• 20 seconds for pumpkin seeds
  • 15 seconds for raisins

Transfer each fried batch to paper towels to drain.

After the frying, fishing out, now draining

Return the skillet to medium heat. Fry the bread, turning once, until golden brown, about 3 minutes; transfer to paper towels.  Repeat with tortillas.

More frying, until crispy and brown

More frying, until crispy and brown

Break bread and tortillas into small pieces, and add to reserved ground spice mixture.  Add drained nuts, seeds and raisins to spice mixture as well.

Set a fine strainer over a large Dutch oven and strain all but 2 tablespoons of the remaining oil into Dutch oven, set aside.

well-flavored oil strained into Dutch oven

Return skillet to medium-high heat.  Add garlic and onions, cook, stirring, until brown, 10-12 minutes.

And now, some aromatics

Using a slotted spoon, transfer onion mixture to bowl containing spice mixture.  Return skillet to medium-high heat.  Add tomatoes and tomatillos; cook, stirring until soft, 10-12 minutes.

And now for more vegetables..

Transfer to bowl with spice mixture, along with 2.5 cups of stock.

Current contents of the spice mixture bowl

Puree spice mixture in reserved blender or food processor bowl.  Press through a strainer into a clean bowl.

You can imagine how this was created, and no, it wasn't instantly

Set puree aside.

Results of spice mixture, pureed and sieved

Note: This is the point at which I stopped for the night, ready to resume the following afternoon. Dinner was scheduled for 7 PM.  I began again at 3:30 PM on the following day:

Heat the reserved Dutch oven over medium-high heat. Season turkey breasts with salt.   Brown each breast, turning once, for 12 minutes.

Browning the big proteins

Transfer turkey to a plate. Pour off all but 3 tablespoons of the oil in the Dutch oven set over medium high heat.  Add the chili puree.

Remember this that we set aside?

Cook; stirring until thick, 10-12 minutes.

Stirring, stirring, thickening, thickening

Add spice puree,

Remember this reserved stuff?

reduce heat, and cook, stirring, for 30 minutes.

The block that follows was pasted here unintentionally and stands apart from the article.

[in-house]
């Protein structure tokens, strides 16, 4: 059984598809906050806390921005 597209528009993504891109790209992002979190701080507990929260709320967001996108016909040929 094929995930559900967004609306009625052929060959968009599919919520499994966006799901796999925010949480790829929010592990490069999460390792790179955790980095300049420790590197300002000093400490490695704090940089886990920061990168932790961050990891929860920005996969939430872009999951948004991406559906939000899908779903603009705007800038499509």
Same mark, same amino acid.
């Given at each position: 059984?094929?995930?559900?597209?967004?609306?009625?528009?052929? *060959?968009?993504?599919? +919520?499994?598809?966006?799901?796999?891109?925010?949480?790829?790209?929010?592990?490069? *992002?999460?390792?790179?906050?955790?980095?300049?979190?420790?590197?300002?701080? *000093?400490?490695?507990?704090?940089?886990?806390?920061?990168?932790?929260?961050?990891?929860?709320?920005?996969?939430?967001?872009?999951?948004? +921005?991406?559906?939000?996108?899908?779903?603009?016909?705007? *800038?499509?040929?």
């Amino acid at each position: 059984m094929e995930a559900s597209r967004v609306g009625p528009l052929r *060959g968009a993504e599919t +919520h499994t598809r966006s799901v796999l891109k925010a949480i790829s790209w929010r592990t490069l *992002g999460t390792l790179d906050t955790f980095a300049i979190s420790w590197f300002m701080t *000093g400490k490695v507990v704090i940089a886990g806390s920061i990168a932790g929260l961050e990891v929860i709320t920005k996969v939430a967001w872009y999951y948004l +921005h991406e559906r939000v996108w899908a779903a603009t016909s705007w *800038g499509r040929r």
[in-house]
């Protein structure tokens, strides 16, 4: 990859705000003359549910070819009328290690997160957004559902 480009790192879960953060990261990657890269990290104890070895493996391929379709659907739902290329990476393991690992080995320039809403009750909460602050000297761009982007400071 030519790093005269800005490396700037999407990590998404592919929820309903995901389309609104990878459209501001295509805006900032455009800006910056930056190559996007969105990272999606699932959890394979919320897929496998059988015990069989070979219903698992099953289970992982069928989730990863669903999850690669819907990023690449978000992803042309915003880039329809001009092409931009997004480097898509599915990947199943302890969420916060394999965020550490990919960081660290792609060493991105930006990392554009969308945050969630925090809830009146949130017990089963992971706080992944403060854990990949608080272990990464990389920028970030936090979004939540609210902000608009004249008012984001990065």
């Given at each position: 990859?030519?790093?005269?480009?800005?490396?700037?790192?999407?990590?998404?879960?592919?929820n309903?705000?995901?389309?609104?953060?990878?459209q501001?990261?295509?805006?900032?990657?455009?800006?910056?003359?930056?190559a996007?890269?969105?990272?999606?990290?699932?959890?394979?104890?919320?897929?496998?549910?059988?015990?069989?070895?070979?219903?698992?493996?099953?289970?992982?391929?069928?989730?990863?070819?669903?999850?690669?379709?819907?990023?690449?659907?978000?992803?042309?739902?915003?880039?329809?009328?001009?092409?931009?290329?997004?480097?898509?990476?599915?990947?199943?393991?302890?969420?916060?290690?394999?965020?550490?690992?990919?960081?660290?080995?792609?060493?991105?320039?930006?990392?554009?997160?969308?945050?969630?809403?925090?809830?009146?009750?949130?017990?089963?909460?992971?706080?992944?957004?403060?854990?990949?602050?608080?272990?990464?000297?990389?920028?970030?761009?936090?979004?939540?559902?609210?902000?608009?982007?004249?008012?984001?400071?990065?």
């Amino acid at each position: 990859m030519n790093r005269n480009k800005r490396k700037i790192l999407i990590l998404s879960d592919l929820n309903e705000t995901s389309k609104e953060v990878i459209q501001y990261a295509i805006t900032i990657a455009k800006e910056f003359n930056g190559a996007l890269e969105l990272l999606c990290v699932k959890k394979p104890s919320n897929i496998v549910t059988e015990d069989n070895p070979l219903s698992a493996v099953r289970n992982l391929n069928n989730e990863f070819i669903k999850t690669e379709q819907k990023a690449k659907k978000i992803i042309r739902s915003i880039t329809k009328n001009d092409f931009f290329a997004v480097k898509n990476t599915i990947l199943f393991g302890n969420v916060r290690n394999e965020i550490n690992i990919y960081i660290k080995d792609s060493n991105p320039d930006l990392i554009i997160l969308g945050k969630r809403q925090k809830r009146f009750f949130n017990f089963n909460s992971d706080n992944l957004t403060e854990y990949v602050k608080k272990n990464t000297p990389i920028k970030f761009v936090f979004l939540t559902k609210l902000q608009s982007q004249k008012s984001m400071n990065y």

And now, the CHOCOLATE!

Add 4 cups of stock, along with the Mexican Chocolate;  simmer, partially covered, but stirring often, for 1 hour.

And one hour later, the sauce looks like this.

Season mole sauce with salt and sugar, remove from heat.  Preheat oven to 325 degrees F.  Nestle turkey in mole sauce.  Bake, covered, until an instant read thermometer inserted in the turkey registers 150 degrees F, about 1 hour.

And after that next hour, here's what we have.

Transfer pot to a rack, let rest 20 minutes.  Slice turkey.

Carved turkey breast pieces

Serve with sauce, remaining sesame seeds, and warmed tortillas.

You get the tortillas, I've got the mole poblano!

Final thoughts on Mole Poblano, and the process of its preparation:

For those who have accused me of being impatient, I am using this post as evidence to demonstrate that I do have some patience.  Heck, it’s taken over an hour to write the post about it.  I won’t say I’ll never make mole poblano again, but I will say it will be for a special occasion!  I am also VERY thankful I live in the age of food processors and stoves that have controllable heat.

This was absolutely delicious, and there was plenty of leftover sauce, so I’ve frozen it, to cook more poultry in at a later date.  It did NOT take more than 30 minutes or so for the platter shown above to be empty.

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4 Responses to The Mole Poblano Marathon

  1. That looks spectacular! All I need now is the inspiration to attempt it myself.

  2. Jennifer says:

    Just make sure you can do it when you’re not in a hurry to eat, or if you can get a small army to help you. 🙂

  3. Mark Groshek says:

    Now when I make mole, I always at least double the recipe to have plenty in the freezer for future meals! Last November we visited a cooking school in Tepoztlan Mexico (La Villa Bonita–well worth it!) where we learned to make a mole in 3-4 hours. Dispensed with a lot of the frying–toasting chilis over a flame brings out a lot of the same flavors.
    Love your posts! You are giving me culinary ideas–thanks!

  4. Jennifer says:

    Thanks for sharing that, too! I would love to dispense with a lot of the frying. We still have some of the sauce in the freezer for a future event.

What do YOU think?